1

I'd like to apply for a job at a company I haven't worked yet.

Which is the correct preposition?

  • At your company ____ I appreciate(/like) your high standard of quality, your effort to provide a higher standard of life and your global success.
  • In your company ____ I appreciate(/like) your high standard of quality, your effort to provide a higher standard of life and your global success.
  • About your company ____ I appreciate(/like) your high standard of quality, your effort to provide a higher standard of life and your global success.

(____ stands for the company's name.)

I tried to use Ngram Viewer, but with no success. May be I should use another free corpus. Please tell me if you know one.

(This new question is somehow similar to an old one: "Position in/at/for your company")

3

It will be easier to determine if you simplify the wording:

  • At your company, I like your quality.
  • In your company, I like your quality.
  • About your company, I like your quality.

First decide what it is that you are modifying with these prepositional phrases. The third one is immediately eliminated. "I like about your company" and "the quality about your company" make no sense. (But, note that it's perfectly fine to say, "What I like about your company is...")

In considering the other two options: If you are talking about your appreciation, I would use "at your company"; if you are talking about the location of the quality, I would use "in your company." Both sound acceptable to my ear in the context of the sentence, although I acknowledge it's a bit subjective.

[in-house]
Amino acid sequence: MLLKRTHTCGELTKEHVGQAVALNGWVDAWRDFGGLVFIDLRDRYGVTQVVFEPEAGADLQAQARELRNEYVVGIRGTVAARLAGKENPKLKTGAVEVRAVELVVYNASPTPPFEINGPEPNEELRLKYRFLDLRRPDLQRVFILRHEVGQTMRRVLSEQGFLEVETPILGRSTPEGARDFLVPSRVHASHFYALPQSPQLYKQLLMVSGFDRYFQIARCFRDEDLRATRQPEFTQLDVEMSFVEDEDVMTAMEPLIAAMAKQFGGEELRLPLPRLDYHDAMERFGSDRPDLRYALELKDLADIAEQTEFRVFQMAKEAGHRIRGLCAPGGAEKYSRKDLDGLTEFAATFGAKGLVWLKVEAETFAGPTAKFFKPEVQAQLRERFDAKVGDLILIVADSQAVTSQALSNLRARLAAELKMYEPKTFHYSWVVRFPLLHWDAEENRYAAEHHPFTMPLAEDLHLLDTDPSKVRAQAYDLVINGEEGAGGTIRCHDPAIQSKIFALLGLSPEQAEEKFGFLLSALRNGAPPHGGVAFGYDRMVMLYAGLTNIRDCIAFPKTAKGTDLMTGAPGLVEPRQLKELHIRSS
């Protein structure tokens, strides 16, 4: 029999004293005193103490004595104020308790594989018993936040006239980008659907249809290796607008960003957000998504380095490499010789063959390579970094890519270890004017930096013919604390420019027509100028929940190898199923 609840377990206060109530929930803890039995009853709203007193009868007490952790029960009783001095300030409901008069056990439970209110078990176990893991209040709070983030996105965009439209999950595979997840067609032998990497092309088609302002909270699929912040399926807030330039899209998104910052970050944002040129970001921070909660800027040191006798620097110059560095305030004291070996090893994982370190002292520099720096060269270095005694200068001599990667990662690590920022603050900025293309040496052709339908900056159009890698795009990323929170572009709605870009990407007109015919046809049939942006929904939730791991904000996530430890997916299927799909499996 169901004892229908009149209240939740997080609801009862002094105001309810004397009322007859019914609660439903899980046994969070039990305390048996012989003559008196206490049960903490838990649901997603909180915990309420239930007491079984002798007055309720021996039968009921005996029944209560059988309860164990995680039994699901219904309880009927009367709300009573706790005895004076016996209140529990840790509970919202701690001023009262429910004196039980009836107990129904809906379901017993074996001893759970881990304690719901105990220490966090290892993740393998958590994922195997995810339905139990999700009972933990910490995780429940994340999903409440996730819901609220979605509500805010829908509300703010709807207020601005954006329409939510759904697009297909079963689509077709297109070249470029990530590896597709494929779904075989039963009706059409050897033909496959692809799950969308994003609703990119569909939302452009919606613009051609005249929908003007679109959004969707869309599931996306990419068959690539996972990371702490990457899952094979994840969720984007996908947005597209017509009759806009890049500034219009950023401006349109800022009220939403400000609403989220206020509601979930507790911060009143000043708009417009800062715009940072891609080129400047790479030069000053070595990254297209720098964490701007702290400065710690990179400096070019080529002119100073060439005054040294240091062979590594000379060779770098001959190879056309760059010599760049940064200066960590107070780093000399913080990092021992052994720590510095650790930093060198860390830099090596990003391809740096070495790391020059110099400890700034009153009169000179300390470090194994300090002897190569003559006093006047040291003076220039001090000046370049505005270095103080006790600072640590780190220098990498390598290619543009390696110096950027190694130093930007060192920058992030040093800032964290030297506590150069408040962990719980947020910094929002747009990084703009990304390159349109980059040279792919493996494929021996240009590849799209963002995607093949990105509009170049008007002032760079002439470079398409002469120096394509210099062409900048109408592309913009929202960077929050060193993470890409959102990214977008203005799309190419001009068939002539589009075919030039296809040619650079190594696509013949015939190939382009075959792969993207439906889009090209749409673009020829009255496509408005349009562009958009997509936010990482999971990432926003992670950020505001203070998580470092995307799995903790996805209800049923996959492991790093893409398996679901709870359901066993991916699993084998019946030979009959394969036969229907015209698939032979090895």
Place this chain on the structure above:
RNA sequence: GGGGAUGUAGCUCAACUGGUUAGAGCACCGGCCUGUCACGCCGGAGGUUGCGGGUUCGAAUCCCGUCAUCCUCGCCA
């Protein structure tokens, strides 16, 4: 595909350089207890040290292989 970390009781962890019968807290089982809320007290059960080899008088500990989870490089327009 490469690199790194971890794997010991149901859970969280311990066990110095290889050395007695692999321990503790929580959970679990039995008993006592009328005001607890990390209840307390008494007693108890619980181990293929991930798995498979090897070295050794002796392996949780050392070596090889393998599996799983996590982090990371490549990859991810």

Looking back at the original sentence, I would use "In your company...", although I profess to not be able to give a great reason why it sounds better to me than "At your company..."

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    I agree that "in" or even "within" sound better for no obvious reason. I would also move the entire clause to the end of the sentence, e.g. "I admire the high standard of quality, effort to provide a higher standard of living and global success achieved by your company." – Josh Nov 2 '15 at 20:28
  • @Josh I like your sentence. If I don't use "... by your company" would you prefer "within your company" more than "in your company"? – laminin Nov 2 '15 at 20:51
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    @laminin, "within" sounds better to my ear, though I don't think either is more correct than the other. As this post explains, "within" is generally less specific than "in". Perhaps it sounds better to me because in the context you provided, you aren't sure which specific people/departments are responsible for the qualities you admire. For what it's worth, probably the best end for the sentence is "...success your company has achieved." This is more active and thus generally considered easier/more pleasant to read. – Josh Nov 2 '15 at 21:22
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I don't think any of them work. I think they may all be dangling modifiers. You might consider, "I like your company's quality standards and its effort to provide a higher standard of life."

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    This is certainly a more natural-sounding construction, and one that I would prefer over the examples cited in the question. +1 (except that I'm out of votes for the day, sorry!) – Nonnal Nov 2 '15 at 20:29

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